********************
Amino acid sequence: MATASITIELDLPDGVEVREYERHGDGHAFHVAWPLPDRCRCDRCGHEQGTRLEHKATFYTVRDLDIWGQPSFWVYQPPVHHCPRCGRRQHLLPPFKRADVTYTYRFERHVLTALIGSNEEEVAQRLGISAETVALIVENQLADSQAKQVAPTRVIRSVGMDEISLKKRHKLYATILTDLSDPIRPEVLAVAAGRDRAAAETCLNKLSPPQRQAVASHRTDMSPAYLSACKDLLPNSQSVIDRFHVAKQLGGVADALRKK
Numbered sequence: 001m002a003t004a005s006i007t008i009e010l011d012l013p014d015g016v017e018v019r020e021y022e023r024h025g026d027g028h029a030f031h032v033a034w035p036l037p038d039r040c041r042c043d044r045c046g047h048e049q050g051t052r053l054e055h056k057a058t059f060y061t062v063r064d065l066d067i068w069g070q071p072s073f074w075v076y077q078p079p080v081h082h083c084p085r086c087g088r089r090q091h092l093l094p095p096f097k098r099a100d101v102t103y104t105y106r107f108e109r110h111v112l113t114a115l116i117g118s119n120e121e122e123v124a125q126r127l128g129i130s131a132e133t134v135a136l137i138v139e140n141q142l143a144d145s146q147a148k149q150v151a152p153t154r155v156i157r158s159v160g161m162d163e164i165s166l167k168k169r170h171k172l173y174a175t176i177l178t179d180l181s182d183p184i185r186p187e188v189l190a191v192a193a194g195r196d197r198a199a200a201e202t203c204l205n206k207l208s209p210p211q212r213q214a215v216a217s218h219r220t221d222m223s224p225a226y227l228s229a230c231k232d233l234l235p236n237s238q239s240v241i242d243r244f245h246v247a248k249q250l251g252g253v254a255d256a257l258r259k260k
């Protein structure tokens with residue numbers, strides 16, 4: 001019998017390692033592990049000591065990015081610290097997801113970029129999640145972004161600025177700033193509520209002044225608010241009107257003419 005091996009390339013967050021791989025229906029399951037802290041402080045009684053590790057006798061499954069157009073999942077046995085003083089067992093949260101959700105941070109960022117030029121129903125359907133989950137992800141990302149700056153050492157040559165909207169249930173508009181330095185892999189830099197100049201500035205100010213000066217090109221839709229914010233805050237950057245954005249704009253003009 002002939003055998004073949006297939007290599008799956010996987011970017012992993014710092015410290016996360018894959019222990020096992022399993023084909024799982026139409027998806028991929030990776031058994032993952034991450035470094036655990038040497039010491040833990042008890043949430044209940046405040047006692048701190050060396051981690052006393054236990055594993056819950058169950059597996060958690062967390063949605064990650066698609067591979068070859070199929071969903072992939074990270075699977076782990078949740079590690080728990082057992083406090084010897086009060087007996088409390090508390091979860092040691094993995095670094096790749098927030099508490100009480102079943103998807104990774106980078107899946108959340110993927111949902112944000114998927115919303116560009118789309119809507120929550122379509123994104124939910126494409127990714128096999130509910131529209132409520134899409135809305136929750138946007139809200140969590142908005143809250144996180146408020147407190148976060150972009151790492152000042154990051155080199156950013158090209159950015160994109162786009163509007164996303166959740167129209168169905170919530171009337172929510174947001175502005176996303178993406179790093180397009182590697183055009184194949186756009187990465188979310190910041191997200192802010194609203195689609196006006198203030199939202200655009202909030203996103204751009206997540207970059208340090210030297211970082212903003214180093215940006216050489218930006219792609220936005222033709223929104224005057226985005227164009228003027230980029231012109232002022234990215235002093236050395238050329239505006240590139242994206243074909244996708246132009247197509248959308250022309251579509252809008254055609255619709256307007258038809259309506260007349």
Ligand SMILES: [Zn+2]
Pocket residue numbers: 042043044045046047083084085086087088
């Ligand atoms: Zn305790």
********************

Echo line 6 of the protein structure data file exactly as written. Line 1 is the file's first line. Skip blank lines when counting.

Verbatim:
């Ligand atoms: Zn305790």